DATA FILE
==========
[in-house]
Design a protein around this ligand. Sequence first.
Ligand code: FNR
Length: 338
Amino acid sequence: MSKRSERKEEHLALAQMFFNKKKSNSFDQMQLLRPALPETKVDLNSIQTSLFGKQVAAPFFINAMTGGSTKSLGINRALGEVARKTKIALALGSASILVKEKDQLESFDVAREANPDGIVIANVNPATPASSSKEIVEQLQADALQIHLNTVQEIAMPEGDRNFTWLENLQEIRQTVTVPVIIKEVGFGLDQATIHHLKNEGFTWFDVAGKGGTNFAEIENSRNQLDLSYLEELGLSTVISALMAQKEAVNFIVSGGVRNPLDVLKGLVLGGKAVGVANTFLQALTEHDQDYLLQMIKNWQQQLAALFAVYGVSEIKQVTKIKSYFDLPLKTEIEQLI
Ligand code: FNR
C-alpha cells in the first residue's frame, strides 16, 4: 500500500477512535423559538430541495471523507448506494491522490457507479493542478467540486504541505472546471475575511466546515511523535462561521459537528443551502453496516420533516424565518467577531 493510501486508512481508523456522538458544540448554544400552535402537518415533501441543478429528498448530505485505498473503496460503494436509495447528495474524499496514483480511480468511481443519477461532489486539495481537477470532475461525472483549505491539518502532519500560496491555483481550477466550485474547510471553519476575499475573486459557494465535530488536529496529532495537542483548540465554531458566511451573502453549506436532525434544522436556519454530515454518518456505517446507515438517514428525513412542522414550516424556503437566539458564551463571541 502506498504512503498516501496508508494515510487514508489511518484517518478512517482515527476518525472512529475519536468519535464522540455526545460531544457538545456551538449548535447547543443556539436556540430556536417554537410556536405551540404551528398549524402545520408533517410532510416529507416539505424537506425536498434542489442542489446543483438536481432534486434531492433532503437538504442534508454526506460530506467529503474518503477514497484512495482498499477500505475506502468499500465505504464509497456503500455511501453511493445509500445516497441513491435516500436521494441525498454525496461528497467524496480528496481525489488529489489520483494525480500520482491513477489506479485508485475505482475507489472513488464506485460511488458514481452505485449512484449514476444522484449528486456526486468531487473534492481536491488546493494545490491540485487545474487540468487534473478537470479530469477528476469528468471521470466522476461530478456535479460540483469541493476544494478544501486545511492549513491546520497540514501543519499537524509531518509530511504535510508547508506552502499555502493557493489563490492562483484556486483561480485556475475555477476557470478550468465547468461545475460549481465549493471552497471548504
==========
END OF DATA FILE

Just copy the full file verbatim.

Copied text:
[in-house]
Design a protein around this ligand. Sequence first.
Ligand code: FNR
Length: 338
Amino acid sequence: MSKRSERKEEHLALAQMFFNKKKSNSFDQMQLLRPALPETKVDLNSIQTSLFGKQVAAPFFINAMTGGSTKSLGINRALGEVARKTKIALALGSASILVKEKDQLESFDVAREANPDGIVIANVNPATPASSSKEIVEQLQADALQIHLNTVQEIAMPEGDRNFTWLENLQEIRQTVTVPVIIKEVGFGLDQATIHHLKNEGFTWFDVAGKGGTNFAEIENSRNQLDLSYLEELGLSTVISALMAQKEAVNFIVSGGVRNPLDVLKGLVLGGKAVGVANTFLQALTEHDQDYLLQMIKNWQQQLAALFAVYGVSEIKQVTKIKSYFDLPLKTEIEQLI
Ligand code: FNR
C-alpha cells in the first residue's frame, strides 16, 4: 500500500477512535423559538430541495471523507448506494491522490457507479493542478467540486504541505472546471475575511466546515511523535462561521459537528443551502453496516420533516424565518467577531 493510501486508512481508523456522538458544540448554544400552535402537518415533501441543478429528498448530505485505498473503496460503494436509495447528495474524499496514483480511480468511481443519477461532489486539495481537477470532475461525472483549505491539518502532519500560496491555483481550477466550485474547510471553519476575499475573486459557494465535530488536529496529532495537542483548540465554531458566511451573502453549506436532525434544522436556519454530515454518518456505517446507515438517514428525513412542522414550516424556503437566539458564551463571541 502506498504512503498516501496508508494515510487514508489511518484517518478512517482515527476518525472512529475519536468519535464522540455526545460531544457538545456551538449548535447547543443556539436556540430556536417554537410556536405551540404551528398549524402545520408533517410532510416529507416539505424537506425536498434542489442542489446543483438536481432534486434531492433532503437538504442534508454526506460530506467529503474518503477514497484512495482498499477500505475506502468499500465505504464509497456503500455511501453511493445509500445516497441513491435516500436521494441525498454525496461528497467524496480528496481525489488529489489520483494525480500520482491513477489506479485508485475505482475507489472513488464506485460511488458514481452505485449512484449514476444522484449528486456526486468531487473534492481536491488546493494545490491540485487545474487540468487534473478537470479530469477528476469528468471521470466522476461530478456535479460540483469541493476544494478544501486545511492549513491546520497540514501543519499537524509531518509530511504535510508547508506552502499555502493557493489563490492562483484556486483561480485556475475555477476557470478550468465547468461545475460549481465549493471552497471548504